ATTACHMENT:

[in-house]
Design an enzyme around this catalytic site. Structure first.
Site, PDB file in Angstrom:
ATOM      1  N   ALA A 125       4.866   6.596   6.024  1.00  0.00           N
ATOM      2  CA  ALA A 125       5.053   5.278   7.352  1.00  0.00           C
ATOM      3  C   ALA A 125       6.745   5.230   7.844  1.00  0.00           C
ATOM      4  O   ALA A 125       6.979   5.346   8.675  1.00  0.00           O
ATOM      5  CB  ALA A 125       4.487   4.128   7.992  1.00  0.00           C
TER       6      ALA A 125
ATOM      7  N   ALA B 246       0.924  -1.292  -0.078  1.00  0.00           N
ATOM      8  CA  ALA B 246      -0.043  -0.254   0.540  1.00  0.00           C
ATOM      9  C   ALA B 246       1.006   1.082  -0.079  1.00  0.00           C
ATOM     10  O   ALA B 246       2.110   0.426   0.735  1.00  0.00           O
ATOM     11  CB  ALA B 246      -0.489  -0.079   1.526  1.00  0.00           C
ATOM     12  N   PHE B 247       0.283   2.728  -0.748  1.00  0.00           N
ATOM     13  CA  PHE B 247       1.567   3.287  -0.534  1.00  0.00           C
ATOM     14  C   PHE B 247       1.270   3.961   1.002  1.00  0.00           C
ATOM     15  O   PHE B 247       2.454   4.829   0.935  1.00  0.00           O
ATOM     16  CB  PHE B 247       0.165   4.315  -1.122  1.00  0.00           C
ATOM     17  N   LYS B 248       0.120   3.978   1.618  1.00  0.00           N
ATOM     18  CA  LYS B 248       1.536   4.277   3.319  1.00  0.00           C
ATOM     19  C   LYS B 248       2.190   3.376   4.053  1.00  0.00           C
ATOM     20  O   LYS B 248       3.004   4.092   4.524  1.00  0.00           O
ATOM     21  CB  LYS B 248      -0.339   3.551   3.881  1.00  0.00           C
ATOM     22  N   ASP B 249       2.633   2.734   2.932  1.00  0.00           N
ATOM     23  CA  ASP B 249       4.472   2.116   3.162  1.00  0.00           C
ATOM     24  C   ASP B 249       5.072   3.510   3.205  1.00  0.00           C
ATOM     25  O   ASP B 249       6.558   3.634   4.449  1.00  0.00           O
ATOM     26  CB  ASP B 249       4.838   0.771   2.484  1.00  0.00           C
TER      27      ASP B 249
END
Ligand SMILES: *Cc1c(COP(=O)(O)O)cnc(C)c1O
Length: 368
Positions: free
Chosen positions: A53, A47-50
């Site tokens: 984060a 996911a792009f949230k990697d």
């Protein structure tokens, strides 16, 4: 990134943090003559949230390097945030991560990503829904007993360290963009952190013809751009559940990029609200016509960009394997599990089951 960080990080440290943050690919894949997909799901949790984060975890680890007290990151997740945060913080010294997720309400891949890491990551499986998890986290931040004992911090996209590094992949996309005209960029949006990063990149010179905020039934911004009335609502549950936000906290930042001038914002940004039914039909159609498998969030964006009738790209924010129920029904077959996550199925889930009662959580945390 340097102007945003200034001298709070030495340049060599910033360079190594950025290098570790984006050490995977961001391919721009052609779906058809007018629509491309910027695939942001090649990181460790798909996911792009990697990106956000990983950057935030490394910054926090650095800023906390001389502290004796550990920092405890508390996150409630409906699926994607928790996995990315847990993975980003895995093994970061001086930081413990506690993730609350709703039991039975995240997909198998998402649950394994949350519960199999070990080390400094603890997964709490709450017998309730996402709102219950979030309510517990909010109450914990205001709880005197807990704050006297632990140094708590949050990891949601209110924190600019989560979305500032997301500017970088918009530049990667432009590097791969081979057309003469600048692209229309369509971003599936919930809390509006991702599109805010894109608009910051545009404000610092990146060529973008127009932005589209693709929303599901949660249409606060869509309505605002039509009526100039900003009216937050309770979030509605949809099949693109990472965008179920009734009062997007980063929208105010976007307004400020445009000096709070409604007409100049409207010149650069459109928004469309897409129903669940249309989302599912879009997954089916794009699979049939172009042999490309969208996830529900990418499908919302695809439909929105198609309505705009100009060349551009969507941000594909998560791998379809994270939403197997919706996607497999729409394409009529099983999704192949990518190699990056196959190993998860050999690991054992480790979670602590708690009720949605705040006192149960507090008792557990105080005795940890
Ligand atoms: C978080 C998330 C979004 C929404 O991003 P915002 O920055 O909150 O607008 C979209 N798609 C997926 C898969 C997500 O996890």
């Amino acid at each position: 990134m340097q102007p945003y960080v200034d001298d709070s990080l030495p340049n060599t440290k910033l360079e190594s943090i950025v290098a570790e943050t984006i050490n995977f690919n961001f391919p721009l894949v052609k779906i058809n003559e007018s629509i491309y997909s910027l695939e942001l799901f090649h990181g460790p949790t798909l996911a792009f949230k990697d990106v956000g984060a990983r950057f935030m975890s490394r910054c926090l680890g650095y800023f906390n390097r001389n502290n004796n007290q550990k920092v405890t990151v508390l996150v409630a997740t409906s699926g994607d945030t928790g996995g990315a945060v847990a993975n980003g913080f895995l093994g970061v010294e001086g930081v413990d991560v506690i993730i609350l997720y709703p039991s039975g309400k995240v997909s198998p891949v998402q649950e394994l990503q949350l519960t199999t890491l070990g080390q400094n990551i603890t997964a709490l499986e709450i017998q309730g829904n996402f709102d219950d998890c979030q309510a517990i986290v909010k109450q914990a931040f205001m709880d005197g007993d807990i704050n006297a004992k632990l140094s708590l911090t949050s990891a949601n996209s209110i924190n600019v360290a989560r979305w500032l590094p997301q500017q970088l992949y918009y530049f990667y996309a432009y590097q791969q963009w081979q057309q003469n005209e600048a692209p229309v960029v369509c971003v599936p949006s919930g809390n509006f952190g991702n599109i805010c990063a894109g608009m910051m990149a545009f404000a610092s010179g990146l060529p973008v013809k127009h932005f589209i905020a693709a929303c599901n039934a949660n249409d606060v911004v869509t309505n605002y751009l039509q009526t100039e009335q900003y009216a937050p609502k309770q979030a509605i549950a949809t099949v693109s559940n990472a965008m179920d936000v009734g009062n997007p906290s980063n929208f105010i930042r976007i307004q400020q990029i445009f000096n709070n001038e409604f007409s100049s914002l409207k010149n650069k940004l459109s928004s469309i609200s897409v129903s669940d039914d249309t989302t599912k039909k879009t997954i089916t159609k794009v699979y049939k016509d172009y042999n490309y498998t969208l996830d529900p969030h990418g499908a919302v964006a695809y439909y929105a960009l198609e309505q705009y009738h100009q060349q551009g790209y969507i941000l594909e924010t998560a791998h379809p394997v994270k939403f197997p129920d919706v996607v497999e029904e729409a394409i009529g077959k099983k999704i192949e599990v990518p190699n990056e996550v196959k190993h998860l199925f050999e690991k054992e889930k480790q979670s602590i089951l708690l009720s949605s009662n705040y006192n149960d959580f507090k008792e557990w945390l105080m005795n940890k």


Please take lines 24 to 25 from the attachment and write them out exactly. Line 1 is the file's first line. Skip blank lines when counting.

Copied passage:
ATOM     21  CB  LYS B 248      -0.339   3.551   3.881  1.00  0.00           C
ATOM     22  N   ASP B 249       2.633   2.734   2.932  1.00  0.00           N